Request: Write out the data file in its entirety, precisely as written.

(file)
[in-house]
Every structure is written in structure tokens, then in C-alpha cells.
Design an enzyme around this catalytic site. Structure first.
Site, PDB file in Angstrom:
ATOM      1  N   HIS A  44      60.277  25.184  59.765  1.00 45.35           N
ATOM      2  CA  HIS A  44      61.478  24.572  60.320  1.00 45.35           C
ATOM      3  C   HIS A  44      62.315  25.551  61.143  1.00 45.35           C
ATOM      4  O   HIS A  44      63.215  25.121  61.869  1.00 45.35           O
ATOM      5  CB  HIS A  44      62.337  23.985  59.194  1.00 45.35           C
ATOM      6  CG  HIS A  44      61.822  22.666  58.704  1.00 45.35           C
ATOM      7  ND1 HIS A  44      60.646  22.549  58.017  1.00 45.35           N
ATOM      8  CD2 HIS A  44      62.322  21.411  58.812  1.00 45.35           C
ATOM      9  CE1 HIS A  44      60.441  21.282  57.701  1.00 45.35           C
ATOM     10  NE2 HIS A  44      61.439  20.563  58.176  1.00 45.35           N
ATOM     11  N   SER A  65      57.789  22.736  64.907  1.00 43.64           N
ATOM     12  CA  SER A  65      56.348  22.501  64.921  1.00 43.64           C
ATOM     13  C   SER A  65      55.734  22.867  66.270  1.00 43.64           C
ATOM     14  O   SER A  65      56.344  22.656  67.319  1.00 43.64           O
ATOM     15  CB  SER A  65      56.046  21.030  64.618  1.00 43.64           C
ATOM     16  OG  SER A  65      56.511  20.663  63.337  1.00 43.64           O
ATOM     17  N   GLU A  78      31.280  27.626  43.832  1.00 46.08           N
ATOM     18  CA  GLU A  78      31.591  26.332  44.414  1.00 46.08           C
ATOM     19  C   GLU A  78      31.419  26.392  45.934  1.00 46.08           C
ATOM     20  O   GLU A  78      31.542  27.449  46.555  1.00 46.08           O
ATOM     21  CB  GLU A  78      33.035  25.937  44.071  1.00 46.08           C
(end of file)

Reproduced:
[in-house]
Every structure is written in structure tokens, then in C-alpha cells.
Design an enzyme around this catalytic site. Structure first.
Site, PDB file in Angstrom:
ATOM      1  N   HIS A  44      60.277  25.184  59.765  1.00 45.35           N
ATOM      2  CA  HIS A  44      61.478  24.572  60.320  1.00 45.35           C
ATOM      3  C   HIS A  44      62.315  25.551  61.143  1.00 45.35           C
ATOM      4  O   HIS A  44      63.215  25.121  61.869  1.00 45.35           O
ATOM      5  CB  HIS A  44      62.337  23.985  59.194  1.00 45.35           C
ATOM      6  CG  HIS A  44      61.822  22.666  58.704  1.00 45.35           C
ATOM      7  ND1 HIS A  44      60.646  22.549  58.017  1.00 45.35           N
ATOM      8  CD2 HIS A  44      62.322  21.411  58.812  1.00 45.35           C
ATOM      9  CE1 HIS A  44      60.441  21.282  57.701  1.00 45.35           C
ATOM     10  NE2 HIS A  44      61.439  20.563  58.176  1.00 45.35           N
ATOM     11  N   SER A  65      57.789  22.736  64.907  1.00 43.64           N
ATOM     12  CA  SER A  65      56.348  22.501  64.921  1.00 43.64           C
ATOM     13  C   SER A  65      55.734  22.867  66.270  1.00 43.64           C
ATOM     14  O   SER A  65      56.344  22.656  67.319  1.00 43.64           O
ATOM     15  CB  SER A  65      56.046  21.030  64.618  1.00 43.64           C
ATOM     16  OG  SER A  65      56.511  20.663  63.337  1.00 43.64           O
ATOM     17  N   GLU A  78      31.280  27.626  43.832  1.00 46.08           N
ATOM     18  CA  GLU A  78      31.591  26.332  44.414  1.00 46.08           C
ATOM     19  C   GLU A  78      31.419  26.392  45.934  1.00 46.08           C
ATOM     20  O   GLU A  78      31.542  27.449  46.555  1.00 46.08           O
ATOM     21  CB  GLU A  78      33.035  25.937  44.071  1.00 46.08           C